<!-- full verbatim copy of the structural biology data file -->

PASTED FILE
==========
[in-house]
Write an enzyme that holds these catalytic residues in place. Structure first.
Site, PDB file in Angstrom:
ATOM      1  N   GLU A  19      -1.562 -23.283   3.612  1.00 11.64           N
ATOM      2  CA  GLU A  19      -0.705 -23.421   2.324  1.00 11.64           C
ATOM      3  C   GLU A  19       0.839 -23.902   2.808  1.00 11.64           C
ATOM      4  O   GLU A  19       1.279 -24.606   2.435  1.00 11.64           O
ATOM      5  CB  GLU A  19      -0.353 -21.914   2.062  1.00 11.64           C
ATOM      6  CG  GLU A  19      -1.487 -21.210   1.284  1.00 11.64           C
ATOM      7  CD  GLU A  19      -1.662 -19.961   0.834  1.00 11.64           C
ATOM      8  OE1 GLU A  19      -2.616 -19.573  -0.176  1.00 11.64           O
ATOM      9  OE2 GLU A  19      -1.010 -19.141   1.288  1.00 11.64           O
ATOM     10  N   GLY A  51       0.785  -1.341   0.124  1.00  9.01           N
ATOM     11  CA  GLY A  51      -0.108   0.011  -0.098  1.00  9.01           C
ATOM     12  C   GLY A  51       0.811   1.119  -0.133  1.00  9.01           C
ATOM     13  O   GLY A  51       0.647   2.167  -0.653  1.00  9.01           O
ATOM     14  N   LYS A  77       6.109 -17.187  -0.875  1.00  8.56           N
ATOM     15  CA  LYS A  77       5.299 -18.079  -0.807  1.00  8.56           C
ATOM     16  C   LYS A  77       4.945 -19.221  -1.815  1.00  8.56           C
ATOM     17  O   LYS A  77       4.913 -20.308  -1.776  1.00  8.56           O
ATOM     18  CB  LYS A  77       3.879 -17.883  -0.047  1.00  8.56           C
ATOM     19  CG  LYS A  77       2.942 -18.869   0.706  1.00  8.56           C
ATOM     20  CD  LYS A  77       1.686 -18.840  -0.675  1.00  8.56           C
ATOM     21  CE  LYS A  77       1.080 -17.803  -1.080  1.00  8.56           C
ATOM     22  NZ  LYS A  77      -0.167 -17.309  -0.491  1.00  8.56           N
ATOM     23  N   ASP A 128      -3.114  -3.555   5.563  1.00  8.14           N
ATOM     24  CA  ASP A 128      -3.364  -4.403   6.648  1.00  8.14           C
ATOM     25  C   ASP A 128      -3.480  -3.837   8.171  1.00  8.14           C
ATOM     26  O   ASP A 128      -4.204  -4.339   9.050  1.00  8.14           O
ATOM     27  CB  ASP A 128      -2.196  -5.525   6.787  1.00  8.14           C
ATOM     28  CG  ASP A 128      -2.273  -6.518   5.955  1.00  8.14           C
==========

[in-house]
Write an enzyme that holds these catalytic residues in place. Structure first.
Site, PDB file in Angstrom:
ATOM      1  N   GLU A  19      -1.562 -23.283   3.612  1.00 11.64           N
ATOM      2  CA  GLU A  19      -0.705 -23.421   2.324  1.00 11.64           C
ATOM      3  C   GLU A  19       0.839 -23.902   2.808  1.00 11.64           C
ATOM      4  O   GLU A  19       1.279 -24.606   2.435  1.00 11.64           O
ATOM      5  CB  GLU A  19      -0.353 -21.914   2.062  1.00 11.64           C
ATOM      6  CG  GLU A  19      -1.487 -21.210   1.284  1.00 11.64           C
ATOM      7  CD  GLU A  19      -1.662 -19.961   0.834  1.00 11.64           C
ATOM      8  OE1 GLU A  19      -2.616 -19.573  -0.176  1.00 11.64           O
ATOM      9  OE2 GLU A  19      -1.010 -19.141   1.288  1.00 11.64           O
ATOM     10  N   GLY A  51       0.785  -1.341   0.124  1.00  9.01           N
ATOM     11  CA  GLY A  51      -0.108   0.011  -0.098  1.00  9.01           C
ATOM     12  C   GLY A  51       0.811   1.119  -0.133  1.00  9.01           C
ATOM     13  O   GLY A  51       0.647   2.167  -0.653  1.00  9.01           O
ATOM     14  N   LYS A  77       6.109 -17.187  -0.875  1.00  8.56           N
ATOM     15  CA  LYS A  77       5.299 -18.079  -0.807  1.00  8.56           C
ATOM     16  C   LYS A  77       4.945 -19.221  -1.815  1.00  8.56           C
ATOM     17  O   LYS A  77       4.913 -20.308  -1.776  1.00  8.56           O
ATOM     18  CB  LYS A  77       3.879 -17.883  -0.047  1.00  8.56           C
ATOM     19  CG  LYS A  77       2.942 -18.869   0.706  1.00  8.56           C
ATOM     20  CD  LYS A  77       1.686 -18.840  -0.675  1.00  8.56           C
ATOM     21  CE  LYS A  77       1.080 -17.803  -1.080  1.00  8.56           C
ATOM     22  NZ  LYS A  77      -0.167 -17.309  -0.491  1.00  8.56           N
ATOM     23  N   ASP A 128      -3.114  -3.555   5.563  1.00  8.14           N
ATOM     24  CA  ASP A 128      -3.364  -4.403   6.648  1.00  8.14           C
ATOM     25  C   ASP A 128      -3.480  -3.837   8.171  1.00  8.14           C
ATOM     26  O   ASP A 128      -4.204  -4.339   9.050  1.00  8.14           O
ATOM     27  CB  ASP A 128      -2.196  -5.525   6.787  1.00  8.14           C
ATOM     28  CG  ASP A 128      -2.273  -6.518   5.955  1.00  8.14           C